However, there is no legal requirement that an I-924 application has to be filed and approved before the filing of an I-526 petition. Furthermore, based upon the current EB-5 policy memorandum issued by USCIS, for a regional center designation that does not have the industrial NAICS codes or geography for a new, actual EB-5 project, there is no legal requirement for the regional center or developers of the EB-5 project to file an I-924 application to obtain pre-approval of this information (industry and geography) before an I-526 petition is filed.
The reality is that a successful EB-5 project is contingent upon the I-526 petitions being approved. Upon the I-526 approval, the EB-5 project can, or continues to, use the investment funds, whereas if denied, the investment funds may have to be returned to the investor. It may be impossible for a project to be successful if the lack of funds keeps it from coming to fruition.
To file or not to file the I-924 Application, that is the question
Without the I-924 pre-approval, USCIS will review the actual project documentation for the first time in the I-526 petition and determine whether to approve, issue a request for further evidence, or deny. Hopefully, an approval, and quickly!
One would assume that the I-526 petition should be reviewed quickly if the I-924 application has pre-approved the actual EB-5 project, as the adjudicator would not have to re-adjudicate a previously approved I-924 application for actual project documentation.
However, the EB-5 project principals may not want to file this I-924 application for pre- approval of the actual EB-5 project because of the lengthy processing time to adjudicate the I-924 application for pre-approval of the actual project. If they did file the I-924 application first, they would then have to wait an additional 12 months for adjudication of the I-526 petition, and the potential of a 24-month adjudication process is not a practical reality for EB-5 project principals or the EB-5 foreign national investor.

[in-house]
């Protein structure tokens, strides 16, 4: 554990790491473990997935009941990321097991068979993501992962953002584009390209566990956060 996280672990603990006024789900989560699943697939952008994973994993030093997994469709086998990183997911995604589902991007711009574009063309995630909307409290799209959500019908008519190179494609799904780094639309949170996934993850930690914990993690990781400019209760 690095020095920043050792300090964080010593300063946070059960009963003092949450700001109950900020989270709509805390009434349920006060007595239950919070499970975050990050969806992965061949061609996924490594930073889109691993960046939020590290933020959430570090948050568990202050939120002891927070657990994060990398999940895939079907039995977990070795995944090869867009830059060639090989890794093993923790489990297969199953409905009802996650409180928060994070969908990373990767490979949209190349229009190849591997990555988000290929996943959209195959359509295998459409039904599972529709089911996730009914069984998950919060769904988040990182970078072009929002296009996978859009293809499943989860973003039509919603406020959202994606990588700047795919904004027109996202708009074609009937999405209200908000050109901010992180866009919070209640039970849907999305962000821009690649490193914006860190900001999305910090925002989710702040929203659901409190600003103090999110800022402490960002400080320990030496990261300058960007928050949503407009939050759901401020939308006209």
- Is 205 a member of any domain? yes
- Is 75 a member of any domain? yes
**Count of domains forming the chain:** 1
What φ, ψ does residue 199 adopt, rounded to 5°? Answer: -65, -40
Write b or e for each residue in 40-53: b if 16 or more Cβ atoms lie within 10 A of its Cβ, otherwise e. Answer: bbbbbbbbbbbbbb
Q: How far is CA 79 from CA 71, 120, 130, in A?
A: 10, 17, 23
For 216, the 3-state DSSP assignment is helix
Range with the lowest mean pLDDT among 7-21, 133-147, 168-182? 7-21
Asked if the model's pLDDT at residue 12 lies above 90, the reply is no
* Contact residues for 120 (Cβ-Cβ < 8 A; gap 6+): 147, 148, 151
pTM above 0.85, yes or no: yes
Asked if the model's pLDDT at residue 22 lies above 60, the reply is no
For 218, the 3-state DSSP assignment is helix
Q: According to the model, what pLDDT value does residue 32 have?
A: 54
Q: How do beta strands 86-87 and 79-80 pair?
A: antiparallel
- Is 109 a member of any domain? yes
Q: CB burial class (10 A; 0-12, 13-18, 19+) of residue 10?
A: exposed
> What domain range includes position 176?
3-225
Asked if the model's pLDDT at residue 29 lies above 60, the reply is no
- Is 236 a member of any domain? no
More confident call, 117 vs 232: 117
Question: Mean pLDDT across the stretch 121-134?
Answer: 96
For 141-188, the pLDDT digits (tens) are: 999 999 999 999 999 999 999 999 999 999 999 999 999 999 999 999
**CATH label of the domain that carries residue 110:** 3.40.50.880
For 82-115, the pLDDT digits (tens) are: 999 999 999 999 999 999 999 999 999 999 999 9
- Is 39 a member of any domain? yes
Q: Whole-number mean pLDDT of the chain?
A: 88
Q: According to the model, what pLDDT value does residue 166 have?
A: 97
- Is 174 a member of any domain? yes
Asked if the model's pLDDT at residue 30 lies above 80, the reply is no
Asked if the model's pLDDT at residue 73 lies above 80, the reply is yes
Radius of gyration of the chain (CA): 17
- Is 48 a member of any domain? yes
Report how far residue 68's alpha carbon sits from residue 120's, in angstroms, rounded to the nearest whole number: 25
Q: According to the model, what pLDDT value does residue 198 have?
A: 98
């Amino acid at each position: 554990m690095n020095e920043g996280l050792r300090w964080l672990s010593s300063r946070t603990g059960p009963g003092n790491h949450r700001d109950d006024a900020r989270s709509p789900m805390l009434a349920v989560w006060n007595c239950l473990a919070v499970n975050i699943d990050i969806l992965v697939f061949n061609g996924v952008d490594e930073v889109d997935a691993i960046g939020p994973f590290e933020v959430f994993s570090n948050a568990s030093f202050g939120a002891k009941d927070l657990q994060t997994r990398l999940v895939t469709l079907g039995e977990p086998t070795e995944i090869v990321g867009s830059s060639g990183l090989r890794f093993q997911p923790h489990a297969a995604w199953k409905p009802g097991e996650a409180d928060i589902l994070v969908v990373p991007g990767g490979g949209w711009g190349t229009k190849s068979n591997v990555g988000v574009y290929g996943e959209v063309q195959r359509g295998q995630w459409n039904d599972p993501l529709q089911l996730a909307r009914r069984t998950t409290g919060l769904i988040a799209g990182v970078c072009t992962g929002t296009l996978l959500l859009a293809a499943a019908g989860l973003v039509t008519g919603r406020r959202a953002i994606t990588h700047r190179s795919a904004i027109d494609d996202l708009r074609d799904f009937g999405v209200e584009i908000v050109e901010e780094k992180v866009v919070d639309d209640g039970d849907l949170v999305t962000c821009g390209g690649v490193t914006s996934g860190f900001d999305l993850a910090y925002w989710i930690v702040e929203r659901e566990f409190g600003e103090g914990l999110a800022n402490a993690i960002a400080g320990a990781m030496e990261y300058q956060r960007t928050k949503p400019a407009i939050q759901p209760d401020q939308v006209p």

In any project, the principals’ goals are to use the investment funds as soon as possible, and, in fact, a majority of EB-5 projects are now using the investment funds before I-526 approval. The certainty and predictability of pre-approval of actual EB-5 projects, by an I-924 approval, is something many EB-5 project principals are foregoing.
The Timing of Material Changes is Significant
Another concern of EB-5 project principals and foreign national investors is the possibility that the business plan may change after the filing of I-526 petitions. The main question is whether these changes to the actual EB-5 project business plan, economic report, legal and financial infrastructure, securities/offering documents, geography, or industry categories are material or not.
The most recent USCIS Policy Memorandum concerning EB-5 Adjudications Policy (PM-602-0083), dated May 30, 2013, speaks to the issue of changes to a business plan before the I-526 petition is approved.